I suggest that you get a long (40 ft?) heavy duty extension cord and plug it into an outlet near your electric service box. Turn off every electrical device on the same fuse/breaker as that outlet. Now you have a "dedicated" line, except that it uses the extension cord wire inastead of Romex. Plug your system into the extension cord, and fire it up. Does it sound different? Now YOU can decide if the cost of a "dedicated" power line is worth it.

By the way, I do have "dedicated" power lines, but that's because my power amps are in the cellar, where running Romex is no harder than an extension cord (well almost) and my front end equipment rear side is in the cellar stairway about 6 feet from the electrical service entrance.
I agree with Warrenh. I have dedicated lines that come into my room from the outside, then are run along the baseboard of the room for an additonal 15' to where my rig is located. 20' power are expensive and severely limit your choices of cords.

Good luck,

Driver has the right idea, but the wrong product; what is needed is a product that goes by the tradename "Wiremold" or its equivalent. It's a form of wall-surface-mounted, decent-looking, paintable metallic conduit that will meet NEC requirements. The hollowed-out molding will not meet NEC req's. Wiremold sells pre-formed inner and outer corners, surface-mount outlet boxes and other useful accessories for successful completion of your "impossible" job.

BTW, I would have the electrician use STEEL (not aluminum) BX armored cable up to the point where you make the transition to the Wiremold because of its superior magnetic shielding properties.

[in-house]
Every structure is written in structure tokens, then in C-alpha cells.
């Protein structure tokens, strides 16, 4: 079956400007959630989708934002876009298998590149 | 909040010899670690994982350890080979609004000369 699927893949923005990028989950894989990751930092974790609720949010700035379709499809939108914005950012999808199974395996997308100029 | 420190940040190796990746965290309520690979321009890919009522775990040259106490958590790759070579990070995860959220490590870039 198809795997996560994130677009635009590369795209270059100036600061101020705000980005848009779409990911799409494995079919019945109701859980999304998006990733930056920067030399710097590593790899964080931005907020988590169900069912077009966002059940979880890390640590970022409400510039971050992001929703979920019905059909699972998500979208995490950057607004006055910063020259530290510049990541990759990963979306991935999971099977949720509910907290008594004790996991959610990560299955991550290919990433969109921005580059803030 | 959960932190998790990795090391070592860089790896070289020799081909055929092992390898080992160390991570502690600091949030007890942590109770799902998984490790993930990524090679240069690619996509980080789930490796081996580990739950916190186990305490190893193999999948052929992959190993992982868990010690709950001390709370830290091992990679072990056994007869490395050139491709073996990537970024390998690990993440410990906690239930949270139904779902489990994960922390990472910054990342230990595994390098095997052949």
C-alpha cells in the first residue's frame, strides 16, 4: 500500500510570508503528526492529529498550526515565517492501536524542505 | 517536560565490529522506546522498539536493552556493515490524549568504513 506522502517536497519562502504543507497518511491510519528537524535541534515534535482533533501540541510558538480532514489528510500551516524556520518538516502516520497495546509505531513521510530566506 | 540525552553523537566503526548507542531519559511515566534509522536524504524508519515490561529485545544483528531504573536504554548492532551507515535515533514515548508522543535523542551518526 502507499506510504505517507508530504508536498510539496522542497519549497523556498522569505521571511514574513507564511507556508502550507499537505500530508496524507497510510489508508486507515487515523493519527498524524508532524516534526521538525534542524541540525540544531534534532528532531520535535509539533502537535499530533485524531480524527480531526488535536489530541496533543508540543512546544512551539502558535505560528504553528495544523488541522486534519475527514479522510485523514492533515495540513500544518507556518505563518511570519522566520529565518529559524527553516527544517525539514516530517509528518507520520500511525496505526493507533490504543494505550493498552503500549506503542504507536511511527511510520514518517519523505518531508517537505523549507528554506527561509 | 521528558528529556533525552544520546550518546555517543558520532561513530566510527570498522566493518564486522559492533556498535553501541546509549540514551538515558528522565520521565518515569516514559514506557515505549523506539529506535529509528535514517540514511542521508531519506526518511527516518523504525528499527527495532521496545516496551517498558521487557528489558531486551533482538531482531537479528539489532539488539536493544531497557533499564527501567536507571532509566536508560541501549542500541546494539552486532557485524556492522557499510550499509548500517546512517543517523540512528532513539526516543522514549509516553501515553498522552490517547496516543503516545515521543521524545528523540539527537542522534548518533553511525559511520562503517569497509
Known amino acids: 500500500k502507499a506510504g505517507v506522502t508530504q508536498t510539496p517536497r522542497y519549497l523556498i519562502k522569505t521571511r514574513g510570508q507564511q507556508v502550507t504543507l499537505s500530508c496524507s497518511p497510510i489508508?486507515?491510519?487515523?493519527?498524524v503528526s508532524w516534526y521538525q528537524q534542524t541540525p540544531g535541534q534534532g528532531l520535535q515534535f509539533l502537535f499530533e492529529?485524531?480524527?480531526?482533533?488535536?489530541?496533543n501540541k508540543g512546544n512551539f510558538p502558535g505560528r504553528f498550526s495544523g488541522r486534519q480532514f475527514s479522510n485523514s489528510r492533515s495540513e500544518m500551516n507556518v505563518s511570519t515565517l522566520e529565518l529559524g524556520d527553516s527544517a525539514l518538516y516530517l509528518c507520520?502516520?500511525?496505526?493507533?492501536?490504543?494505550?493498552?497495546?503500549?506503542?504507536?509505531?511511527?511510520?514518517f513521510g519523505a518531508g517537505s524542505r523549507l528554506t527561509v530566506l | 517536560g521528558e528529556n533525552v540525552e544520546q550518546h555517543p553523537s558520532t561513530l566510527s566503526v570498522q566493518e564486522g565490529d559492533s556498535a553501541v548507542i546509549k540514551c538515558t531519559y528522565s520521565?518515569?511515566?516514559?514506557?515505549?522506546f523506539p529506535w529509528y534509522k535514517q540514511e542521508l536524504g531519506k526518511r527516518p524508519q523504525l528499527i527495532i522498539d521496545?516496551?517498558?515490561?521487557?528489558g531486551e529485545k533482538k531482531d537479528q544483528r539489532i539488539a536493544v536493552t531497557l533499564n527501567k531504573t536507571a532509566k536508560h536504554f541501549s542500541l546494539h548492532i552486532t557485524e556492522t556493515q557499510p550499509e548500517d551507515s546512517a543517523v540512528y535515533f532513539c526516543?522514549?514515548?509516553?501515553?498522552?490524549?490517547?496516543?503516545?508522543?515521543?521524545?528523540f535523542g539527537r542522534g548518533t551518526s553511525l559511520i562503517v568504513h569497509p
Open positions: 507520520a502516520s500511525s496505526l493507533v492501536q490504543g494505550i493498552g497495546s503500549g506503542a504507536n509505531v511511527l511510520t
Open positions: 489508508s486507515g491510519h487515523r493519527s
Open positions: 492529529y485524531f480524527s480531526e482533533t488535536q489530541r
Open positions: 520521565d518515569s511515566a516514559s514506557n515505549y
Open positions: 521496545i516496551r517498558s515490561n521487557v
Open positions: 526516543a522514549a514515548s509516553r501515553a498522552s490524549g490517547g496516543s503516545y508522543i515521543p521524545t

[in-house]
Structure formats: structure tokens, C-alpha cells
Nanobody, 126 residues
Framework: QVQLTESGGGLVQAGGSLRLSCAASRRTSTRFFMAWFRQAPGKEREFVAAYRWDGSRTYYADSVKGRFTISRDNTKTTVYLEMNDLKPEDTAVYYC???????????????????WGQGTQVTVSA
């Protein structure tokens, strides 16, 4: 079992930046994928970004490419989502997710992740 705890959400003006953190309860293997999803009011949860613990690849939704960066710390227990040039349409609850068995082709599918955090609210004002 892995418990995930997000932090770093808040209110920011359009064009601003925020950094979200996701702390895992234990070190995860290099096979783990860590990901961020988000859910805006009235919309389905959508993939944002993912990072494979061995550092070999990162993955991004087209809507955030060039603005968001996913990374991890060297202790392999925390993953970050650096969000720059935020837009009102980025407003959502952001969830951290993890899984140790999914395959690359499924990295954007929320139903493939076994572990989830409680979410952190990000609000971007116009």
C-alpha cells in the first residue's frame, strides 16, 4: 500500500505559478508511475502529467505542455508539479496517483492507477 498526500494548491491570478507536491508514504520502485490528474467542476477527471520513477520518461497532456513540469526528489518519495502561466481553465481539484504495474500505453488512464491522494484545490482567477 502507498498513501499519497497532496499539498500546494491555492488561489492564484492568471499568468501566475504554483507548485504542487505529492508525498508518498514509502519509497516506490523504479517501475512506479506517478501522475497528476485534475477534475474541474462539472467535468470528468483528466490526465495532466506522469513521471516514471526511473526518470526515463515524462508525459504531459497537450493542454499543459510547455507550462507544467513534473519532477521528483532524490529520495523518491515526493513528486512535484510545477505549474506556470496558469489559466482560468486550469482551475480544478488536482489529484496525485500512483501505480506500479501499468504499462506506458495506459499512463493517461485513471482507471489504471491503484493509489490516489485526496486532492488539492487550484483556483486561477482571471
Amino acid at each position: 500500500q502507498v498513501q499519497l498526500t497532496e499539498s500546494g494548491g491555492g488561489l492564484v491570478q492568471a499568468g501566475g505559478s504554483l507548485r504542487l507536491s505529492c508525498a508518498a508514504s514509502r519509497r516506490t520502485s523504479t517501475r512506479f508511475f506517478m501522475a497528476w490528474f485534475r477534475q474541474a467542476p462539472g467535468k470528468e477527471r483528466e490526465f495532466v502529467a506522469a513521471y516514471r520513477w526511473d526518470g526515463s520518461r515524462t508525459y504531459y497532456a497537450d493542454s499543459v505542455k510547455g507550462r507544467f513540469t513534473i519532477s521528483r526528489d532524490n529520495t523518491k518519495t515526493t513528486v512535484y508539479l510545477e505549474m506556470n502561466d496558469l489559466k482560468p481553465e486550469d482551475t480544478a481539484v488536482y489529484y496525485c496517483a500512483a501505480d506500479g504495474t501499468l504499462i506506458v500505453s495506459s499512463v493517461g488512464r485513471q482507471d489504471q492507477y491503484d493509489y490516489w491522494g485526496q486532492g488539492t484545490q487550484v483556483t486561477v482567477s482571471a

If the power coming to your house is crap then it won't matter how many taps or dedicated lines you have. The best thing to have is a power conditioner and they are mega buck if you want one that is respectable. I can't believe how many people are suckered into buying "Special Cable" that has absolutely no effect on their system. I am sure that everyone has a spectrum analyzer and an oscillator that they can sweep signals through their cables to make sure they are synergistic. Get a power conditioner and be done with it.
Below is just one example of a method for installing dedicated audio branch circuits and outlets by your audio equipment.

Wiremold products can be purchased in metallic and non metallic. The product is surface mounted to your existing walls.

Best to hire an electrical contractor for installation.
A commercial electrical contractor.
Specify solid awg wire not stranded. He will press for stranded, tell him no, you want solid.

When you talk to the contractor over the phone tell him you are thinking of Wiremold and have him bring a Wiremold material book with him. There is a multitude of different raceway sizes to choose from. The size will be determined by the number of dedicated circuits you want and the wire size.
Note..... No multi wire circuits.....No shared neutrals.....